Specialty coffee has been around for quite some time now. Nevertheless, it’s only as of relatively recently that it stepped up into high-gear on a global basis. To such an extent that it’s become the norm for millions of gourmet coffee fans the world over who prefer the kind of arabica coffee that’s truly special. Perhaps even exclusive.
The third wave coffee movement, as it’s commonly referred to, is something that’s been going on all around you for a number of years now. Even if you haven’t noticed it happening, it’s no doubt been right there in front of you. In fact, if you’re a true speciality coffee fan, you’ve also probably dived head-first into the whole thing personally. Single origin and artisan beans, dollops of milk replaced by full-blown works of milky art – all the kinds of things that make the humble everyday coffee into something so much more.
But what exactly does this third wave coffee movement refer to?
A New Coffee Standard
Well, as the name quite rightly suggests, third wave coffee represents that third identifiable and major coffee movement to come along. The first wave having come about all the way back at the time when coffee first hit the mainstream. Both in the US and UK alike, coffee came out of nowhere a few generations back to suddenly become the drink of choice for tens of millions of everyday consumers. So much so that it eventually overtook tea in Great Britain of all places. Once unthinkable, but it went and happened!
As for the second wave, this was when the world (or at least the West) started getting into the idea of speciality coffee and coffee culture for the first time. Entrepreneurs and large corporations alike realised they could make a fortune by capitalising on the public’s love for coffee, by providing them with a choice of products, often of poor quality despite their claims to the contrary, and still selling them (with the help of fancy marketing gimmicks) at an inflated price that only true specialty coffee should command. A variety of basic coffee types were introduced and became the norm – espresso, mocha, cappuccino etc. – the kinds of coffees most hadn’t yet heard of. Or at least, associated with far-off cafes in sophisticated French and Italian eateries. Slowly but surely, European speciality coffee culture started to creep into nations where it had previously been a foreign concept.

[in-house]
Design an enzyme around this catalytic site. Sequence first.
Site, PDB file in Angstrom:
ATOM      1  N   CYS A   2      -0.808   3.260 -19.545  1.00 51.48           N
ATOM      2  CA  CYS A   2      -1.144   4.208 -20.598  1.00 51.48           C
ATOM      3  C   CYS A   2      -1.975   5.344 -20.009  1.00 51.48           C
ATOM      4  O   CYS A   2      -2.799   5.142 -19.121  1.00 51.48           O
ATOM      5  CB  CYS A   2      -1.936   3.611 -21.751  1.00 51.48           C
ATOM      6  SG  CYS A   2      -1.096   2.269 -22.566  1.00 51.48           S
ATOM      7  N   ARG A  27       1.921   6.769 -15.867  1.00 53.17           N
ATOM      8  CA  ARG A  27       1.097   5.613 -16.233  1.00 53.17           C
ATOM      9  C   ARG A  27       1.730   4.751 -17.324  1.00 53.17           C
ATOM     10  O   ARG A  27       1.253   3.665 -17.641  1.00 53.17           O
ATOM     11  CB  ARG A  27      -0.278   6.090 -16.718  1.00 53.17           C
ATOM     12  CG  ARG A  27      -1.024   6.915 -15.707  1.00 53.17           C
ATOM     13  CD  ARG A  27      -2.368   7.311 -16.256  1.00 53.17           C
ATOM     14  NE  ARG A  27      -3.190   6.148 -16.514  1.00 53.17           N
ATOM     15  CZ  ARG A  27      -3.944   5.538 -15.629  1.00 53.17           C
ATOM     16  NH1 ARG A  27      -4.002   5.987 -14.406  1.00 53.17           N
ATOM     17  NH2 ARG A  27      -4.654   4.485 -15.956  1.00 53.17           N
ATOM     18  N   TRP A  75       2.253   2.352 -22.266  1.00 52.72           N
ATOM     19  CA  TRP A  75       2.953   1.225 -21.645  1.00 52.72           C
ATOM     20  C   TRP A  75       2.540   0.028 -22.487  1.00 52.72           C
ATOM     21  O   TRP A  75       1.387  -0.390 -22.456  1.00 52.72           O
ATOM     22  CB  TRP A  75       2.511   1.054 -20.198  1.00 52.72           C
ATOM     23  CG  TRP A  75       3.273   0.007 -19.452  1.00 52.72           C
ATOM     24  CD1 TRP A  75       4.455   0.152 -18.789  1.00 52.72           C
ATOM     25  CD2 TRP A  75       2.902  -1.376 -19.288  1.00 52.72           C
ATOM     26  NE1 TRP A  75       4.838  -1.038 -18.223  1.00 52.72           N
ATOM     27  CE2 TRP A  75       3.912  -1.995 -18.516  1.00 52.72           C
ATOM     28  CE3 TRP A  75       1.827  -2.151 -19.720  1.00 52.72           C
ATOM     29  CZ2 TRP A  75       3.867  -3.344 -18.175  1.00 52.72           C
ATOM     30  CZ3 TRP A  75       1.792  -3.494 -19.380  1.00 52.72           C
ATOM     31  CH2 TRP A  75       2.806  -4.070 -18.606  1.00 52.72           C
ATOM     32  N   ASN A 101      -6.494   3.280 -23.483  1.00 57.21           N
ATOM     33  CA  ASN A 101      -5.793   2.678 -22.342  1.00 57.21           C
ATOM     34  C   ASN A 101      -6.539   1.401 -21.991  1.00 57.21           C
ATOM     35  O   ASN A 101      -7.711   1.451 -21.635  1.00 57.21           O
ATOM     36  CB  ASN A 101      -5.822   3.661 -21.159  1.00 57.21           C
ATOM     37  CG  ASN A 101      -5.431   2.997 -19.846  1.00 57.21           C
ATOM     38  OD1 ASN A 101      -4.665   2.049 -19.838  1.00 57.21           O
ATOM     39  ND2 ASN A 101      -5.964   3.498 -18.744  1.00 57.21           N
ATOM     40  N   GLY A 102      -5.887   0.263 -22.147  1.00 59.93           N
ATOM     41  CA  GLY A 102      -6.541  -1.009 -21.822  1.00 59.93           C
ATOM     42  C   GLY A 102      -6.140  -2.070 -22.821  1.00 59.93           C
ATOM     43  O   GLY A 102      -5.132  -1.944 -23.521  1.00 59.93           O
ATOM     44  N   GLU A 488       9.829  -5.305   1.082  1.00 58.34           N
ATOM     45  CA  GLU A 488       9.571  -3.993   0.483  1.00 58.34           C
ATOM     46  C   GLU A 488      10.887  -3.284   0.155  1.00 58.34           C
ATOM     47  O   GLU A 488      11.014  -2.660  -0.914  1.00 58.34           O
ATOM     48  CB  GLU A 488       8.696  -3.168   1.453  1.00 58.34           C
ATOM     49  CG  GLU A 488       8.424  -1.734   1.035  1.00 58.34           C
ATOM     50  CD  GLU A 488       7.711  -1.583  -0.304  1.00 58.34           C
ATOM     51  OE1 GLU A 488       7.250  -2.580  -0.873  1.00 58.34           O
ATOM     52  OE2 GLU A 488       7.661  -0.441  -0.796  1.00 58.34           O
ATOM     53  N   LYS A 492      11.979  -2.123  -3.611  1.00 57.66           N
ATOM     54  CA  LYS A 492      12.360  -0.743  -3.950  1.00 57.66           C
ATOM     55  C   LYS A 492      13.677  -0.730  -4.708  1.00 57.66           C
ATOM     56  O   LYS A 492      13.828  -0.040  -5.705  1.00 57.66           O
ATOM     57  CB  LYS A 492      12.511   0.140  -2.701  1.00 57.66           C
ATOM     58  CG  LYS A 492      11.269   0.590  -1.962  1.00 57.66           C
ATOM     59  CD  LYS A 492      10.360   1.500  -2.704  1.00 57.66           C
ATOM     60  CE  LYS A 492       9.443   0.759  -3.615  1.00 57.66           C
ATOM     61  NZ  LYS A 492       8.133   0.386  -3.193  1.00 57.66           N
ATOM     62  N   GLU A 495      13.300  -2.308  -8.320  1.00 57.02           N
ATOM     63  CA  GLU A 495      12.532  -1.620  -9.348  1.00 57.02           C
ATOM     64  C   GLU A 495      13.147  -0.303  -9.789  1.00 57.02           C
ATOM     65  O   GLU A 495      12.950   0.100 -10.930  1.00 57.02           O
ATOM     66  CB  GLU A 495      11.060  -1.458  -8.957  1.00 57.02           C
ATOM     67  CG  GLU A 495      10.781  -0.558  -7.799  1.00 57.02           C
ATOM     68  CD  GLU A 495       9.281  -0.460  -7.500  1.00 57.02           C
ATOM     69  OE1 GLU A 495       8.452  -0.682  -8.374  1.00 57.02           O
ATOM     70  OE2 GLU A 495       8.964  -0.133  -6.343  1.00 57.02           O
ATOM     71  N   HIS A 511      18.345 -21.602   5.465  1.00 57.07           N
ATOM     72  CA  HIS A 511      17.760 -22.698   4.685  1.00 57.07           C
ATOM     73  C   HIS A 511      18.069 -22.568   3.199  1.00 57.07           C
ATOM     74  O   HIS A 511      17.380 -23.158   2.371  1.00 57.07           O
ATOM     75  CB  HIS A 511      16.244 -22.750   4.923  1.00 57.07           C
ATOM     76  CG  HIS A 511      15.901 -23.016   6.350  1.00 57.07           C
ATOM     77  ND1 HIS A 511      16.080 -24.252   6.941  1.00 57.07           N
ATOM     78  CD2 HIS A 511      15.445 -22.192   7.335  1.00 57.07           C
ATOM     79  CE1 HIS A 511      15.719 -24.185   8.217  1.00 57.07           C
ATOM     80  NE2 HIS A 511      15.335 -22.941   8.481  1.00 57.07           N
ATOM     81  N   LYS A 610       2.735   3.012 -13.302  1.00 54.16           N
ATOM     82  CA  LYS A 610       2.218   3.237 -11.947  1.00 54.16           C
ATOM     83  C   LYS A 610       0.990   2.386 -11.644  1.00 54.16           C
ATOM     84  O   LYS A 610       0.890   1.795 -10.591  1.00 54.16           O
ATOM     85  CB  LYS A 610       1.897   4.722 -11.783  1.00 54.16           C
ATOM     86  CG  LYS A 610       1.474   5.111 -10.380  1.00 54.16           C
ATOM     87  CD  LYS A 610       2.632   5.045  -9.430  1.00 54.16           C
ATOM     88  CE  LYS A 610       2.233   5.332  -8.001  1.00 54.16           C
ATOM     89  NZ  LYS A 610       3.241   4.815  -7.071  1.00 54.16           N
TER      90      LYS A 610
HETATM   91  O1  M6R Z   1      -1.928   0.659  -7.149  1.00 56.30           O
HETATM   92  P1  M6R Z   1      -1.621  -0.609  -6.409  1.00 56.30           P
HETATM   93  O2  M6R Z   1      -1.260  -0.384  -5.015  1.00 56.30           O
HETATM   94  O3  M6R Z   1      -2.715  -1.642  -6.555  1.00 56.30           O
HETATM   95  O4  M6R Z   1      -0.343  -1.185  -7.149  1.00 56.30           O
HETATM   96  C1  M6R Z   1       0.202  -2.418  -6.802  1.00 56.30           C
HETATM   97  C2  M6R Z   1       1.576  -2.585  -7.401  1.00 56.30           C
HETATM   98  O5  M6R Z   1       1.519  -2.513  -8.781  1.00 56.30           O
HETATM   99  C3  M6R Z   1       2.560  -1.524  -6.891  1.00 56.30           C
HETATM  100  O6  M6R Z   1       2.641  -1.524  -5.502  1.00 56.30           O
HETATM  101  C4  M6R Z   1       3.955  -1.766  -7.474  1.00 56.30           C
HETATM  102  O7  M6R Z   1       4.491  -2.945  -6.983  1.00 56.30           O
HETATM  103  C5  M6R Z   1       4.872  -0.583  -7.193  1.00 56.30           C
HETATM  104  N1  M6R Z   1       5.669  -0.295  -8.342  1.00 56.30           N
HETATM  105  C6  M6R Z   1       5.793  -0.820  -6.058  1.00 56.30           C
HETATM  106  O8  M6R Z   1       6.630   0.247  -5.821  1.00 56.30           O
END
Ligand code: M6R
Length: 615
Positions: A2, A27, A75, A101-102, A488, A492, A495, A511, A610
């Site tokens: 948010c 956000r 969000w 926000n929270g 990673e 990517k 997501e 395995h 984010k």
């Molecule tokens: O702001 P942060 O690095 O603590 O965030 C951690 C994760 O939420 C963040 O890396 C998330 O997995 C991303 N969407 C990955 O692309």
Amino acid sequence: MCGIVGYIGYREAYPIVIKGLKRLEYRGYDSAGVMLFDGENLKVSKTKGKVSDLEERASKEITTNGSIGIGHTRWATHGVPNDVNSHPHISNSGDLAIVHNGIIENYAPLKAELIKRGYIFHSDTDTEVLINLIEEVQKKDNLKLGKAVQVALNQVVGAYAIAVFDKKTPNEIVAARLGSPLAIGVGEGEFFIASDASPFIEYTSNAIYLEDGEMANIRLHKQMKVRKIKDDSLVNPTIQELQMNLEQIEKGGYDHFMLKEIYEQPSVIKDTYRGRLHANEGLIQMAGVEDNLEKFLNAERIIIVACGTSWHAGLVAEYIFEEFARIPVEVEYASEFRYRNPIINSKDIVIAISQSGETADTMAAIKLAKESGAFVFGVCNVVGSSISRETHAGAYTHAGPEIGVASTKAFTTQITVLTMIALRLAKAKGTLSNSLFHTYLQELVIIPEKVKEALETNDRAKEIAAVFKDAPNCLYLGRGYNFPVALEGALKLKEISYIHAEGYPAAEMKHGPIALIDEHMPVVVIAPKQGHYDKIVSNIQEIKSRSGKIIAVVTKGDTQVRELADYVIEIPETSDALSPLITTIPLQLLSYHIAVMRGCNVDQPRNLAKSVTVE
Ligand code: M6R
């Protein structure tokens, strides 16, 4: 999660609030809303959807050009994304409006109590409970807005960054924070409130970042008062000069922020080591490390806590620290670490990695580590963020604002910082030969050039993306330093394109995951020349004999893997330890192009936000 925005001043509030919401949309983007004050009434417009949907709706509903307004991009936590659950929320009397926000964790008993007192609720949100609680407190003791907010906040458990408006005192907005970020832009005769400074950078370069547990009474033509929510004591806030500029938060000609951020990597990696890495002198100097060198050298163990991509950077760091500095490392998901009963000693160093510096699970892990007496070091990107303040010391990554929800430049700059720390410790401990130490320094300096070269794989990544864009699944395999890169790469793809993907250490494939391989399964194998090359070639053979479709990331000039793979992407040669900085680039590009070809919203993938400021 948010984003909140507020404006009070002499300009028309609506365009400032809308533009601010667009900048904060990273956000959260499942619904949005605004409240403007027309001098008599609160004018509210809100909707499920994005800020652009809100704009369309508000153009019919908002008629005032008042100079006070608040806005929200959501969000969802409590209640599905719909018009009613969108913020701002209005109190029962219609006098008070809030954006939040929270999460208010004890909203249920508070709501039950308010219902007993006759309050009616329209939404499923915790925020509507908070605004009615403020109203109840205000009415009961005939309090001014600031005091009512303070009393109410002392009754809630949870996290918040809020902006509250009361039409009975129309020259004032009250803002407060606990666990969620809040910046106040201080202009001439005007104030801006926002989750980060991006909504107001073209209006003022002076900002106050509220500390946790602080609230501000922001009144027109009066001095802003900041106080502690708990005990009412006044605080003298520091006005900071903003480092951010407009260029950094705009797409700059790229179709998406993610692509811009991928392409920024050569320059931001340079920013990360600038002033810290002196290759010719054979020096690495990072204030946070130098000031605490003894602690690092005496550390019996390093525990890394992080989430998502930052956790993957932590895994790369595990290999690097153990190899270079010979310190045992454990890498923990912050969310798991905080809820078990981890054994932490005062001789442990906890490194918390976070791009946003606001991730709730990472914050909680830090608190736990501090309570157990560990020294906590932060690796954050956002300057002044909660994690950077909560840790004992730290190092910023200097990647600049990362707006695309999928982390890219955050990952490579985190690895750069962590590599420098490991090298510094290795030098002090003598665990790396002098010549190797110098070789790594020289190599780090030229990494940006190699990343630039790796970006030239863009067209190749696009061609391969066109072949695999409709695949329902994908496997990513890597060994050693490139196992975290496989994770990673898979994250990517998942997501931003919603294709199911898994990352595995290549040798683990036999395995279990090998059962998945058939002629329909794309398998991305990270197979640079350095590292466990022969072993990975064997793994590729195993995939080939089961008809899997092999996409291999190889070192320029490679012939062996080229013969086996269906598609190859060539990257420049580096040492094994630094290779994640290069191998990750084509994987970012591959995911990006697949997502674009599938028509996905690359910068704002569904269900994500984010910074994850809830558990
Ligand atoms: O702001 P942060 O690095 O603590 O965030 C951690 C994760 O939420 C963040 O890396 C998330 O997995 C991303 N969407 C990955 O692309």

Today, we’re well and truly into the third wave coffee movement. Third wave coffee is essentially just an alternative term for specialty coffee, which is defined by coffee which scores 80 points or above on a 100-point scale. Only coffees with excellent aroma and flavor, and little to no defects, can reach such high grades. This is certainly not the case of the coffee grown or produced en-masse by the bigger brands. Just as is the case with craft beer, it’s about creating smaller, often limited batches with completely unique characteristics. The kind of arabica coffee you sip and savor, rather than guzzling down habitually at the office.
And of course, with gourmet coffee comes the art of premium presentation. Not to mention, the proliferation of painfully stylish hipster baristas, now competing for the kinds of jobs you once couldn’t give away for love nor money!
So is third wave coffee the new standard that’s here to stay? Chances are we’ll see a fourth wave of some sort eventually. But for the time being, the third wave coffee movement only seems to be getting stronger across most of the world.
…so you might as well make the most of it!
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